Back to AnimalsThe hippo is the world's third largest land animal after the elephant and the rhino. Hippos are found in the central and southern portion of the continent of Africa. They are herbivores and eat mostly grass.
How big are Hippos?
Hippos are really big! They can grow up to 10 feet long, 5 feet high at the shoulder, and weigh 7000 pounds.
What are their unique features?
Many of the Hippo's features enable them to spend a lot of time in the water. Their eyes, ears, and nose are all at the top of their head. This works out well because it helps them to be almost totally submerged under the water, but at the same time they can listen and watch for predators. They also have a clear membrane that covers their eyes and helps them to see under water. When they go under water, they can hold their breath for a long time.
Do they swim?
You would think that hippos are great swimmers as they spend much of their time in the water, however, they don't really swim. What they do is bound or walk along the bottom of the river. They do have a lot of fat which helps them to float a bit, but once they sink they need to walk to shallow water to get back to the surface.
Are they dangerous?
Yes, hippos are one of the most dangerous animals in the world. They are responsible for more human deaths than any other large animal in Africa. They are extremely aggressive when provoked and will not hesitate to attack humans. Despite their huge size, they can run at speed of up to 20 miles per hour. Also, they have two large tusks on the bottom of their mouth that can be over a foot long. When you combine their size, speed, aggressiveness, and long teeth together, you get one dangerous beast.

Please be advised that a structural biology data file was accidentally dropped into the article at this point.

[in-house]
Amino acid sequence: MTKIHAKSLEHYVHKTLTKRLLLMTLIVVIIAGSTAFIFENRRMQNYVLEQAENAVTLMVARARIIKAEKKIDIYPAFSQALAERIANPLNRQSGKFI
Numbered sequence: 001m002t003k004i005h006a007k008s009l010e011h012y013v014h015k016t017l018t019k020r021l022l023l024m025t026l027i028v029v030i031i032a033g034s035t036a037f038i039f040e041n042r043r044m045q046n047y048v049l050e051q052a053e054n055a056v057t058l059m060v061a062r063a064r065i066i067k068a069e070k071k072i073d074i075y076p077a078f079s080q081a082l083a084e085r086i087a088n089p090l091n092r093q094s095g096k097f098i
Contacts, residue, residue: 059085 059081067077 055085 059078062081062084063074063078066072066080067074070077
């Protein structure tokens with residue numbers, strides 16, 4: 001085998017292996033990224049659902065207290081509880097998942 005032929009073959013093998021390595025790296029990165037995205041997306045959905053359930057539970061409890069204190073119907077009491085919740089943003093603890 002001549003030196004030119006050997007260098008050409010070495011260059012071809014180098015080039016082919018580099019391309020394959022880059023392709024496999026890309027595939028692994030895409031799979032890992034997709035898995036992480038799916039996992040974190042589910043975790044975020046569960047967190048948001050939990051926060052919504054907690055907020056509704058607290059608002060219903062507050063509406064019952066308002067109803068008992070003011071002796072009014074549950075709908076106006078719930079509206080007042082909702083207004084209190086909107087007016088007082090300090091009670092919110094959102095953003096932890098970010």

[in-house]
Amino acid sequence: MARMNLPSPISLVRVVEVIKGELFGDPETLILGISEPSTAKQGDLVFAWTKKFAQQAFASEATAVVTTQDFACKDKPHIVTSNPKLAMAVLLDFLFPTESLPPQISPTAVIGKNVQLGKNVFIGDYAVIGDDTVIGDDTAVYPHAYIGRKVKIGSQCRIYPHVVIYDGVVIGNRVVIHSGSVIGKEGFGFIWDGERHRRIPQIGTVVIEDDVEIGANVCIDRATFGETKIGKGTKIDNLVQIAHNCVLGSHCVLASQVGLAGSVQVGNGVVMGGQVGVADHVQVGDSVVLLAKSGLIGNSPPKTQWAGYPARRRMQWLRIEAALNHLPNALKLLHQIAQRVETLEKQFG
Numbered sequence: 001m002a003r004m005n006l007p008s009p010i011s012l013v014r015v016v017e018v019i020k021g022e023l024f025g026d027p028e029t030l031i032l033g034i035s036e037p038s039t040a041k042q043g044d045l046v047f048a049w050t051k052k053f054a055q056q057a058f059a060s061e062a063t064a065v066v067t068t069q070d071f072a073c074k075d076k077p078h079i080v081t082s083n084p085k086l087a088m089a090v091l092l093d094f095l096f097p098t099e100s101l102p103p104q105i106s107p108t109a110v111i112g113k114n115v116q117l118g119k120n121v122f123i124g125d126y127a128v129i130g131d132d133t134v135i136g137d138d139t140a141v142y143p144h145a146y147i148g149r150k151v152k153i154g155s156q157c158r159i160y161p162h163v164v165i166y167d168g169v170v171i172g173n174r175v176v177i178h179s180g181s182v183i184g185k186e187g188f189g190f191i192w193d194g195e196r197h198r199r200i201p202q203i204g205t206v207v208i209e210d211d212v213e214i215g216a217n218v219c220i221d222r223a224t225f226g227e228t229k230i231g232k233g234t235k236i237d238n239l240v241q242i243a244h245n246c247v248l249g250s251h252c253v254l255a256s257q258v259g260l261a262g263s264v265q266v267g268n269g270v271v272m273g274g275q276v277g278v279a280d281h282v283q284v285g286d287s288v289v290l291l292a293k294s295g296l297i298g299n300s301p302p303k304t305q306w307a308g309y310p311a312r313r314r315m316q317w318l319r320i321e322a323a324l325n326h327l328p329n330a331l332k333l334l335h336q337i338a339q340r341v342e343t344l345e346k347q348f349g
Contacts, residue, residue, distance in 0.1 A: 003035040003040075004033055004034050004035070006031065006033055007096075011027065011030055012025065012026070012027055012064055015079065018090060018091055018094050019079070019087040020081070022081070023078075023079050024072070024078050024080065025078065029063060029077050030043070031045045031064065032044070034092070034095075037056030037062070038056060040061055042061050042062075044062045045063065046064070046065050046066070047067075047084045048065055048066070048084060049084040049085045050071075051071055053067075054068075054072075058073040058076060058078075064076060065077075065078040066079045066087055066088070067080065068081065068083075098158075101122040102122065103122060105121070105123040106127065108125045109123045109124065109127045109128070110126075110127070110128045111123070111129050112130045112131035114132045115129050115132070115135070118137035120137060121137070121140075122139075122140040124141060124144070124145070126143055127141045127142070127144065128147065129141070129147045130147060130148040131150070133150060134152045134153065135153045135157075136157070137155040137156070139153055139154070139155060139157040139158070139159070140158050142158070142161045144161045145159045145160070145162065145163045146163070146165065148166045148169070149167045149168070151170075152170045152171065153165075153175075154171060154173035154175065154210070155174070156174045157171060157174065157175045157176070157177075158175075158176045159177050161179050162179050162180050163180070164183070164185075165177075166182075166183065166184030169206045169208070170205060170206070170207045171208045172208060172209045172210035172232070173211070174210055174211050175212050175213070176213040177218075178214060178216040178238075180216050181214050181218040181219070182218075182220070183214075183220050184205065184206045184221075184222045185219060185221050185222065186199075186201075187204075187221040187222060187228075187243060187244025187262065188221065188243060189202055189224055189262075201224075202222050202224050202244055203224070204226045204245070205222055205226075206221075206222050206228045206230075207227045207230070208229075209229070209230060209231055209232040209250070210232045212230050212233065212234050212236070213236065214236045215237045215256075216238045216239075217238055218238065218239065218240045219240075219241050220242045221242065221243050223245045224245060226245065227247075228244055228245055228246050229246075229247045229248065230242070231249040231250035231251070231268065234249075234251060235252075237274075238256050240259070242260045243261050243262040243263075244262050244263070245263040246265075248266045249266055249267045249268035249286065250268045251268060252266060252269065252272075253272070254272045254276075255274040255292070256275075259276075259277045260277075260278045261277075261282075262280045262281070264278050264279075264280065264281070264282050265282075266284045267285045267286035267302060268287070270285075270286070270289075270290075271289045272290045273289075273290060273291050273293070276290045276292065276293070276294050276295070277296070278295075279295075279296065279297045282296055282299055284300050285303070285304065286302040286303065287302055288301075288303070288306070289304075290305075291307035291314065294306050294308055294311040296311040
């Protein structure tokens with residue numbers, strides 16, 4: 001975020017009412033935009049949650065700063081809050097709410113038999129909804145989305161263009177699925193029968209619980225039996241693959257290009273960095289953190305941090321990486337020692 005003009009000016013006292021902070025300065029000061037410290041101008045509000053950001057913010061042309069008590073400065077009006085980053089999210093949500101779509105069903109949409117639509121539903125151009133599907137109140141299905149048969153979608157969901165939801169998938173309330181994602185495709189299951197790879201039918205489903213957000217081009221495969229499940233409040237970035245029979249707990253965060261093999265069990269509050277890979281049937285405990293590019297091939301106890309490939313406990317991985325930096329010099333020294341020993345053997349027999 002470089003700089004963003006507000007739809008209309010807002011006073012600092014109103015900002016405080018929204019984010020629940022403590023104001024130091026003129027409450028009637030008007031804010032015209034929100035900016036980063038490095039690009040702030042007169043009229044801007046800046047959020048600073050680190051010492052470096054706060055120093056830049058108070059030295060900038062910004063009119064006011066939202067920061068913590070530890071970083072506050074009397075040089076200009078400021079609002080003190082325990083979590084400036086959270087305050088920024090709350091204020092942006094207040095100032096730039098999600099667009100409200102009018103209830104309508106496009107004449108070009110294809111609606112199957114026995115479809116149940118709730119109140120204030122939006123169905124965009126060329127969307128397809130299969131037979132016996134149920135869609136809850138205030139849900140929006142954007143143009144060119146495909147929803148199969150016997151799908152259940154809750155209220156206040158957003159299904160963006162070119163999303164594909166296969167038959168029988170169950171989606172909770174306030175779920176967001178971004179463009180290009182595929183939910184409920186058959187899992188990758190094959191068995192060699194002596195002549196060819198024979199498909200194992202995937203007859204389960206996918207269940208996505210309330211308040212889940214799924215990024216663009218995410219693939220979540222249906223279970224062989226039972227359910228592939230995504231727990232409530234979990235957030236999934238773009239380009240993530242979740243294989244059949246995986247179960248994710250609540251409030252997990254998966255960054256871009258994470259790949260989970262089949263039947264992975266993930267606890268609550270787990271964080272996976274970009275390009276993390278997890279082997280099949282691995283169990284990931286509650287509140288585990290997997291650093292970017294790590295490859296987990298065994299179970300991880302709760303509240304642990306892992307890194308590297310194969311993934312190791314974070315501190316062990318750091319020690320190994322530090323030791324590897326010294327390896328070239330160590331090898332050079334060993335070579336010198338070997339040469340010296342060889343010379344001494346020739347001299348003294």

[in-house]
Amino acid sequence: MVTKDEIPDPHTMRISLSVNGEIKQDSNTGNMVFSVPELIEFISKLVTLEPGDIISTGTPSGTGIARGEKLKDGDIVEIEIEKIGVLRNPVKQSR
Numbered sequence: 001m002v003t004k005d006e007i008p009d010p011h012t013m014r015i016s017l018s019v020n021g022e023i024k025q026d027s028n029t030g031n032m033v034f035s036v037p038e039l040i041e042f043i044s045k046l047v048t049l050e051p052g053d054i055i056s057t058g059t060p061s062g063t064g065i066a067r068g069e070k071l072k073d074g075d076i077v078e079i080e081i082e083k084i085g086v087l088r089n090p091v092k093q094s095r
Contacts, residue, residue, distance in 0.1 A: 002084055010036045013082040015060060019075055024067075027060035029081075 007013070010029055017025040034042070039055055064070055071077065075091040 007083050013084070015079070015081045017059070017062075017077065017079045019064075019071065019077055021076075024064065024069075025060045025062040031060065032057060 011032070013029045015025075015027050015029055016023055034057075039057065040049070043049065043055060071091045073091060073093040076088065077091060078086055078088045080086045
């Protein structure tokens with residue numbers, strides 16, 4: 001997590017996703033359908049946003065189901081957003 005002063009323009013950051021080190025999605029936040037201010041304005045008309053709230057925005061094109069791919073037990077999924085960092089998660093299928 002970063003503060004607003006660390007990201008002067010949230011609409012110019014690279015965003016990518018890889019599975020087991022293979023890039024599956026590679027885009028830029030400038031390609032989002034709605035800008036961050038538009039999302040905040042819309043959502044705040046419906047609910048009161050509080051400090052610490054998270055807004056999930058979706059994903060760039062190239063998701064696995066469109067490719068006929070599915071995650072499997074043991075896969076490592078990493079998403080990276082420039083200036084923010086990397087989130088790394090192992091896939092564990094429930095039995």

What is a hippo baby called?
A hippo baby is called a calf. The calf is actually born under water.
Do hippos live in groups?
Hippos often live in large groups of up to 40 hippos. Leading each group is a dominant male along with female hippos and their calves. Sometimes there may be a few young males included the group.
What do hippos do all day?
Hippos spend the day in the water keeping cool and resting. For such giant animals they can move in the water quite well and can hold their breath for up to five minutes. They also walk along the bottom of the riverbed or seabed. Once on land, Hippos can run very fast, much faster than the average human. At night, hippos come out of the water and feed off of grass.
Fun Facts About the Hippopotamus
- It is the second heaviest land animal after the elephant.
- A group of hippos is usually called a bloat, pod, or herd.
- There have been reports of large hippo herds numbering nearly 200 hippos.
- Their sweat is thick and red, making it look like they are sweating blood (don't worry, it's not really blood).
- The word hippopotamus comes from a Greek word that means "water horse".
For more about mammals:
African Wild Dog
Back to Mammals
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